Life in the Foreign Service is fairly unpredictable. Like the old saying goes, change is the only constant in life. And in the FS, that fact is ever more prominent. So here we are now, barely 10 months in to our posting in Nassau, and the winds of change have once again shifted. In less than a month we will pick up anchor and the dog, and sail for DC. This will be the first time in nearly 2 decades we have lived in the US and while some see it as “going home” it will be as foreign to us as anywhere they could send us. However that is a story for another time.
When you start a new posting, you think you have time to see and experience everything. In a place like Nassau, New Providence Island – an island only HALF the size of Tulsa OK! – you run the danger of exploring it all way too soon. There were many things on my to do list – one of them exploring Bonefish Pond by kayak or paddle board. Fortunately we did get to see what little you can by foot.
Bonefish Pond National Park, nestled in the middle of New Providence’s southern coast, is 1235 acres of coastal wetland.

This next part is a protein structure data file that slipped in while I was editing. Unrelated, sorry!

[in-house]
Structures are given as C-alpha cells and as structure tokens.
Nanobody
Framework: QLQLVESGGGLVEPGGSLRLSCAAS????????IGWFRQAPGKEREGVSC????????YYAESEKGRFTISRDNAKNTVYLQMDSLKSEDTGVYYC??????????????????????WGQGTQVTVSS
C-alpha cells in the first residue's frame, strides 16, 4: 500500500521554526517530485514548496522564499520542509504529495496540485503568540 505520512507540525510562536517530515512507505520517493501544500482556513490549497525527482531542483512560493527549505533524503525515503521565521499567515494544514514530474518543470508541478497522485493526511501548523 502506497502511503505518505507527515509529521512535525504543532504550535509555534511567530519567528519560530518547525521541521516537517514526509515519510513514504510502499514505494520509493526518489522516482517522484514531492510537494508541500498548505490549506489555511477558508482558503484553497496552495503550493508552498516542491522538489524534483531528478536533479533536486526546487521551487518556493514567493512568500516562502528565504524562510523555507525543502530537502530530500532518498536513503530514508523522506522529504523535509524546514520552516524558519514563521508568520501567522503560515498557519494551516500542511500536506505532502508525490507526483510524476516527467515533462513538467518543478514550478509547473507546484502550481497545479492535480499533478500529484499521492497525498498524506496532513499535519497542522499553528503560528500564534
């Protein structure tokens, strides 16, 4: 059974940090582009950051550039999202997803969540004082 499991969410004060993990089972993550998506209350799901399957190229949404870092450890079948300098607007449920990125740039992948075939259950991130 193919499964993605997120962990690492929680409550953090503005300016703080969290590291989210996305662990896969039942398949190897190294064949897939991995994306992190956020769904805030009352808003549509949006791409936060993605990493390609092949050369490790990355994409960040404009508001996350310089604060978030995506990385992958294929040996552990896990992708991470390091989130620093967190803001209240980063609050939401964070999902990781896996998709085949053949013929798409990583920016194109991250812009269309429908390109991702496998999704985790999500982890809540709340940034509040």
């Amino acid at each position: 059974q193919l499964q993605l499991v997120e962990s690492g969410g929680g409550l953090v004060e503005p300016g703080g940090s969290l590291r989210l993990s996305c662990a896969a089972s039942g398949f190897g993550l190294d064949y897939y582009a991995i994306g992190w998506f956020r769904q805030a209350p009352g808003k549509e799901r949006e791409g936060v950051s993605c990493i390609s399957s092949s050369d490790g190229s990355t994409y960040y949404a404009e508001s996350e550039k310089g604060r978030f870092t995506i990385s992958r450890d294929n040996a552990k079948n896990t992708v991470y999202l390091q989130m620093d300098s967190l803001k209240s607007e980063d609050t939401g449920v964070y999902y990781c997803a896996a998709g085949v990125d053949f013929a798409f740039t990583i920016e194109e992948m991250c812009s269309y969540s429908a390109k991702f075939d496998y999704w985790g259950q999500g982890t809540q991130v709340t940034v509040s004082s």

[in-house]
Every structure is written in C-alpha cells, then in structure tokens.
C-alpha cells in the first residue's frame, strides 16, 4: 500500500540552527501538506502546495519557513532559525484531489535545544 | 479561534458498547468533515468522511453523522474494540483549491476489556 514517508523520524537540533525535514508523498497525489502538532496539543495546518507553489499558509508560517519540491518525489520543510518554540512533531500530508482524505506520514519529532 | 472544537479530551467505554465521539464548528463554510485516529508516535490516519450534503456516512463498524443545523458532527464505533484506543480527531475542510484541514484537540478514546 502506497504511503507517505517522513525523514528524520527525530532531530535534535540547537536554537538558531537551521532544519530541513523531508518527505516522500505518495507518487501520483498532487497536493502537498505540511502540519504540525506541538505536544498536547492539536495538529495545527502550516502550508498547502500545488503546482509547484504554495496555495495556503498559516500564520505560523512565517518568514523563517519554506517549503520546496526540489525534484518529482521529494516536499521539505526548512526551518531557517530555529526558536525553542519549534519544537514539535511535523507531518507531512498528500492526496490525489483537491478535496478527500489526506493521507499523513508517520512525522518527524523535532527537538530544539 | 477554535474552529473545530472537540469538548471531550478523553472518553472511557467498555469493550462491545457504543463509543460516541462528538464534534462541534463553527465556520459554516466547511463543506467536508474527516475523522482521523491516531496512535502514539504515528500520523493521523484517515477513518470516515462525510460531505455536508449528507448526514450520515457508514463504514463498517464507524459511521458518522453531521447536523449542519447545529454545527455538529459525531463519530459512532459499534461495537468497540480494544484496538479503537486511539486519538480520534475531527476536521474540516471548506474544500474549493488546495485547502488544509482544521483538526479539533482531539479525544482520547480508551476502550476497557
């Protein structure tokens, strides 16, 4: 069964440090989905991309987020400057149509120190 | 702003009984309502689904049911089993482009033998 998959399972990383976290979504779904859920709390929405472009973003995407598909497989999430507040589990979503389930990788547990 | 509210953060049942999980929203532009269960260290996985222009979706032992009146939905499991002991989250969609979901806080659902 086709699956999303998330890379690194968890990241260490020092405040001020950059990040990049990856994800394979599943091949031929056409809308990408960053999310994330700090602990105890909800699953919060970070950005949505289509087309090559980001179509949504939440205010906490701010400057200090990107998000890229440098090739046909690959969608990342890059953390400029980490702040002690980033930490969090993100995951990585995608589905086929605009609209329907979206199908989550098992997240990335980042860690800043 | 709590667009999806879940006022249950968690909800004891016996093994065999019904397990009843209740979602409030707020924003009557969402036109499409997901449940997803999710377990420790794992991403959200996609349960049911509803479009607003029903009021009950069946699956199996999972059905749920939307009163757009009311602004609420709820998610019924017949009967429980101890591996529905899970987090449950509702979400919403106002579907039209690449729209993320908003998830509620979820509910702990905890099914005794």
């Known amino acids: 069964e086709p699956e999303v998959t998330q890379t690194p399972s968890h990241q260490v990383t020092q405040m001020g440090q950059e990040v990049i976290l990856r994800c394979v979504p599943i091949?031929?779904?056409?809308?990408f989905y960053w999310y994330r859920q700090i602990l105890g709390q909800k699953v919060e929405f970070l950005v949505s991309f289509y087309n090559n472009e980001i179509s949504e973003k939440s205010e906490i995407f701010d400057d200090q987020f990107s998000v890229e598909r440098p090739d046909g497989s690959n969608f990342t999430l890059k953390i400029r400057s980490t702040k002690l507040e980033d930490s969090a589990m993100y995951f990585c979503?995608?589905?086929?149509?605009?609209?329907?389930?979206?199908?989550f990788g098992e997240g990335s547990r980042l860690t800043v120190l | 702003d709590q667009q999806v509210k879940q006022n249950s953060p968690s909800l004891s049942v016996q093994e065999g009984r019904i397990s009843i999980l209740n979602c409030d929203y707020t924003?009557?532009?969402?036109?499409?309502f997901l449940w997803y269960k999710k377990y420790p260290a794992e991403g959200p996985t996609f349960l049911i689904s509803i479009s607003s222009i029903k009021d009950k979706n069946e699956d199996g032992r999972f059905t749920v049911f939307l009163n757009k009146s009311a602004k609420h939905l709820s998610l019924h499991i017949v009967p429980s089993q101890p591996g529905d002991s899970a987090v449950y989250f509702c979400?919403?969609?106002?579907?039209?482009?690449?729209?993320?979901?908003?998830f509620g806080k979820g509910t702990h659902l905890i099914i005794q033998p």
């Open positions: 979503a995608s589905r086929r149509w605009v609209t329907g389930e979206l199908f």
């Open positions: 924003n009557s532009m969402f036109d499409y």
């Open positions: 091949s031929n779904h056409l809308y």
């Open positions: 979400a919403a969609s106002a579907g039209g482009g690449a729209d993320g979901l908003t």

Established in 2002, it acts as a buffer from dangerous storm surge for communities in the south and provides a safe habitat for young marine and bird life.
Bonefish Pond is one of the last remaining mangrove areas on the island and is home to several species of the plant.
The Bahamas National Trust conducts many programs with local schools and organizations to convey the importance of protecting native habitats such as this and encourage more to enjoy what the natural environment has to offer while safeguarding its future for subsequent generations.
Though it is off the beaten path for many of my peers, it is well worth a visit. Go stroll along the boardwalk, look for fish in the rising or receding tides, and do a bit of bird watching in hopes of catching a glimpse of the many birds listed on the informational boards.
Or you could just spend a little time sitting on the steps of the gazebo, with your feet dangling in the water and meditating on what you would like the world to look like when you return to real life.
Honestly just looking at the sky is reason enough to spend some time in Bonefish Pond National Park.
It’s a great place to take a breath when the winds of change suddenly uproot your newly planted life.